tasks must give way thereto. What is alarming is that respondent Justice seemed to
have reveled in his extra-curricular activities of spearheading various celebrations and
events that are not judicial functions. These cannot take precedence over decision-making.
o Judges who give preference to their other activities rather than their judicial duties do not have a
place in the judiciary.
o Being a judge is an exalted post carrying great responsibilities. Those who cannot carry the laborious
and tedious.
 In Re: Anonymous Complaint Versus Judge Juan Echiverri- Although as a rule anonymous
complaints are not entertained, nevertheless, considering that among the matters
complained of was that Judge Echiverri does not hold sessions on Wednesdays and that
there is a backlog of cases in his sala. HELD: We cannot sanction the allegation of respondent
that he needs a "mid-week pause" on Wednesdays. The law regulating court sessions does
not permit any "mid-week pause." Judges are duty bound to comply to insure the maximum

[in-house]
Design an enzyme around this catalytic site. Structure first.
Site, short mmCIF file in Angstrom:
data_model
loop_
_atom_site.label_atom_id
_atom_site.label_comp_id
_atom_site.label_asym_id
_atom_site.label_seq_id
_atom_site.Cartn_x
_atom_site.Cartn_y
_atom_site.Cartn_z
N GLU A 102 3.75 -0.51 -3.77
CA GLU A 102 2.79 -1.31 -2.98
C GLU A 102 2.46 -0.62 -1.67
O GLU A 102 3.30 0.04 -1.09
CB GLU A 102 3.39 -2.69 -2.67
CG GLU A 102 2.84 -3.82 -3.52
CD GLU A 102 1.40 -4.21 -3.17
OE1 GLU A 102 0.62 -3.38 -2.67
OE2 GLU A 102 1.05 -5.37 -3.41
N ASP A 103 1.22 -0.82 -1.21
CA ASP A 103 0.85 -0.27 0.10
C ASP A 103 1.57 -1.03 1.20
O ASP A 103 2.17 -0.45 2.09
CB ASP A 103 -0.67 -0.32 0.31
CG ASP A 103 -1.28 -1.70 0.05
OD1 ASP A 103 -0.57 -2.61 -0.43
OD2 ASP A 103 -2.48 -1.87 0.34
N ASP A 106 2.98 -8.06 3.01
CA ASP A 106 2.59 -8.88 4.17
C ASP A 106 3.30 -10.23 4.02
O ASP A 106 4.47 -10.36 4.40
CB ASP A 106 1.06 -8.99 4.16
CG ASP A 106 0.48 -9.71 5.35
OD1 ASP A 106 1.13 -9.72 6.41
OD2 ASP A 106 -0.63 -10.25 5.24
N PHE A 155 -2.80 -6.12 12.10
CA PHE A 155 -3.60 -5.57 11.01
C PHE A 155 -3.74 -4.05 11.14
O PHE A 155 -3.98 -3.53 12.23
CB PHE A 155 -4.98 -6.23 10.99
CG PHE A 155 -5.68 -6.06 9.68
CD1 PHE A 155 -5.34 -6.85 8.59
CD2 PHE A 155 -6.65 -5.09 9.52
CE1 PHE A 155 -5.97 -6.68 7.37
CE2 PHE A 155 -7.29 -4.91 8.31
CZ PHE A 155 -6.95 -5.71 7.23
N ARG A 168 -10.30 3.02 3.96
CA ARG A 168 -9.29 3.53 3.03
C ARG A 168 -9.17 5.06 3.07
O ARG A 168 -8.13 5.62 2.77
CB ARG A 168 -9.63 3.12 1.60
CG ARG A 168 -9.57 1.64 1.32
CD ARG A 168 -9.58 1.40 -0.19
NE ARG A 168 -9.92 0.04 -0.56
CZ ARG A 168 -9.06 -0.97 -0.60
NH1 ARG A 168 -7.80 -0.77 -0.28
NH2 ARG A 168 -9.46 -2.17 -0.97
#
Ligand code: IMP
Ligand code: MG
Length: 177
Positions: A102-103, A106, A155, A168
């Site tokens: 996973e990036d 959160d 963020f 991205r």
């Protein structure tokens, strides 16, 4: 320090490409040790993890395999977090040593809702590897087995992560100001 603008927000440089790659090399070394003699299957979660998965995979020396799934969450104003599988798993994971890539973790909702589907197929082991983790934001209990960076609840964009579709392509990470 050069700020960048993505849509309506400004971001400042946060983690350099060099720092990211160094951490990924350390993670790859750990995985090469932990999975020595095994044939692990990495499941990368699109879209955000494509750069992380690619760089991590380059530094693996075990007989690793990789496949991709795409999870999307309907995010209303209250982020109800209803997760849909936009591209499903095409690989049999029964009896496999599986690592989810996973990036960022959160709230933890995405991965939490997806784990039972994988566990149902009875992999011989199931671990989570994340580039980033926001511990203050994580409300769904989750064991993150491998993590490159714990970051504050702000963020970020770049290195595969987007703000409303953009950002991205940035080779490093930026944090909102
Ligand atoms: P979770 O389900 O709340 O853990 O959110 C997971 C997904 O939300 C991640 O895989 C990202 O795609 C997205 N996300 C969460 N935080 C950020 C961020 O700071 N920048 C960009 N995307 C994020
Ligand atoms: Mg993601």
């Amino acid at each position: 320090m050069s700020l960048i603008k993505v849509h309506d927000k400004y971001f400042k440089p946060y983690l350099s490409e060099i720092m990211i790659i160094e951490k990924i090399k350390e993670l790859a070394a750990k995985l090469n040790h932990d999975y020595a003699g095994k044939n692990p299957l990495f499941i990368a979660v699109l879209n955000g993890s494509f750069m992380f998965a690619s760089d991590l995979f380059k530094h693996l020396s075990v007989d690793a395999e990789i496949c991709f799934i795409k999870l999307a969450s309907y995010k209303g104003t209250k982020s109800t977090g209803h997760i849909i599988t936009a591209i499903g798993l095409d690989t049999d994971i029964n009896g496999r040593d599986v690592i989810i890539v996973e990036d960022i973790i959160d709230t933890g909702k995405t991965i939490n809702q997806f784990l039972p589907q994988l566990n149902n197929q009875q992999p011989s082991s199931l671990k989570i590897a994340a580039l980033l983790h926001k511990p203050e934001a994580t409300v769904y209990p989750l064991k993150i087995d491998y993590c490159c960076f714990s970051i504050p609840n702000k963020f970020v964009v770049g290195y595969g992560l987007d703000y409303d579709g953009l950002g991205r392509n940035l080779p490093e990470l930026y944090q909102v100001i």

efficiency of the trial courts for a speedy administration of justice. Daily trials at a minimum
of five hours per working day of the week will enable the judge to calendar as many cases as
possible and to dispose with regular dispatch the increasing number of litigations pending
with the court. All other matters needing the attention of the judge are to be attended to
outside of this five-hour schedule of trial.

Section. 2. Judges shall devote their professional activity to judicial duties, which include not only the performance of
judicial functions and responsibilities in court and the making of decisions, but also other tasks relevant to the
judicial office or the court’s operations.